TrafficSafe Investigates Riding on the Dark Side

By Jonathan Newell

With National Tire Safety week beginning soon in the USA, TrafficSafe specialists urge riders of large motorcyclists not to use a car tire on the rear wheel, colloquially referred to as the Darkside.

A major online tire retailer in the USA recently published a recommendation to riders of Goldwing and Valkyrie motorcycles to use a Michelin car tire on the rear wheel , quoting advantages such as improved comfort and traction with less effect from road gravel on handling.

The website reassures “darkside” riders that the practice is safe and that the 195/55R16 Michelin Primacy Alpin PA3 ZP is the ideal tyre of choice for the owners of such motorcycles.

The choice of tyre for motorcyclists is particularly critical to ensure safety and there are many factors to consider. Sidecar outfits and custom three-wheelers have special considerations and there may be circumstances when the choice of a car tyre is feasible but for solo motorcycles, the weight of technical opinion from experts is overwhelmingly against the practice of riding on the darkside.

TrafficSafe’s vehicle construction and use expert said, “Motorcycle tyres are constructed differently from car tyres to cope with the kind of side loads that are normal for a motorcycle but would be absolutely abnormal on a four-wheeled vehicle. Car tyres are simply not constructed to take sustained lateral loading to the extent experienced on a motorcycle during cornering. My advice to anyone contemplating using a car tyre on a motorcycle is simple…. Don’t do it!”

We spoke to TyreSafe, a UK non-profit organisation dedicated to raising tyre safety awareness and campaigning for the safe use of tyres. Their spokesman told us:

“A car tyre is not designed for the conditions of use of a two wheel motorcycle. A car tyre develops its cornering force by having a slip angle applied to it, and is not designed to run at the sort of camber angles encountered on a motorcycle. A motorcycle tyre is designed to develop camber thrust as the bike corners at significant camber angles, and it has a profile adapted to this.

The use of a car tyre on a two wheel motorcycle would in our opinion lead to unpredictable handling and cause rapid deterioration in the shoulder / sidewall area leading to possible tyre failure with serious consequences. Motorcycle wheels and car wheels differ in profile, and it is essential that the tyre and the wheel are compatible. Car wheels are not compatible with two wheel motorcycles.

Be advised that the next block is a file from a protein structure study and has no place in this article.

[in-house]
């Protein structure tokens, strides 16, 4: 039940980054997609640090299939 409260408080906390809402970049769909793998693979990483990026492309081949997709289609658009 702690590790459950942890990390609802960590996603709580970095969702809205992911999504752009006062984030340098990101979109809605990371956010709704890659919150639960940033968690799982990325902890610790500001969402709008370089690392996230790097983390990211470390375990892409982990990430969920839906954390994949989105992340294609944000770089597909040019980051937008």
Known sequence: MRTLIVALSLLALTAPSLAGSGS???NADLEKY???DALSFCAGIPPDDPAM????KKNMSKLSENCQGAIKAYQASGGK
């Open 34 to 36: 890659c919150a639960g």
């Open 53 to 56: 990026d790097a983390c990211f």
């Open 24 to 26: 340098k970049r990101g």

In conclusion, we feel that the use car tyres on two wheel motorcycles should be strongly discouraged.”

TrafficSafe examined the following video footage of a car tyre being used on a solo motorcycle and shared it with other experts in tyre safety. We noted the following points:

1 The tread pattern is designed for car use with the maximum volume of water being displaced when the tyre has flat contact with the road surface. Angling the tyre into corners has an enormous impact on the tyre’s ability to displace water on a wet road surface.

2 As the motorcycle leans into the corner, the tyre presents less surface area to the road, reducing the contact patch at moments when firm contact is most needed.

3 The tyre is over-inflated to 40psi, presumably in order to change the tyre profile to make it less square and thus improve cornering performance. Sudden loss of pressure from 40psi would have a devastating effect on handling.

Since the US online tire retailer had quoted a Michelin car tire as an “ideal example” of what to use on a motorcycle, we spoke to Michelin directly and showed them the YouTube video. Michelin had this to say:

“Using a car tyre in the way illustrated in the video could result in rapid deterioration in the shoulder and sidewall area due to the abnormal flexing which the tyre will undergo, and so in our opinion running car tyres on two wheel motorcycles should be strongly discouraged.”

Finally, we spoke to a UK insurance company on whether fitting a car tyre on a motorcycle would affect any claims. The spokesman said “Such a change to the standard specification of the motorcycle would require prior approval from the insurance company otherwise the policy would be invalidated. In the event of an accident, the rider would lose the right to claim on the insurance. Under current UK law, the insurance company would be obliged to pay third party claims if the motorcycle rider was at fault but the insurance company would rigorously pursue subsequent compensation from the rider at fault”.

We also spoke to the largest insurance company in the USA which specializes in motorcycle insurance who declined our invitation to comment. TrafficSafe would therefore recommend that US motorcyclists check their policies and enquire with their insurance provider regarding the validity of their policy before fitting non-standard equipment to their vehicles.

Given the overwhelming weight of opinion against the use of such tyres for two-wheeled motorcycles, TrafficSafe urges motorcyclists not to be deluded into believing that riding on the darkside is safe. Websites and forums promoting such a riding style have a duty of responsibility to put the record straight. TrafficSafe particularly urges the US online tire retailer to retract its public statement encouraging darkside riding and to fulfil its duty as a responsible tire supplier by not marketing car tires to solo motorcyclists.

The following two tabs change content below.

Jonathan Newell

Studied Engineering at Loughborough University and now involved in broadcast and technical journalism. Jonathan is based in London and Almaty.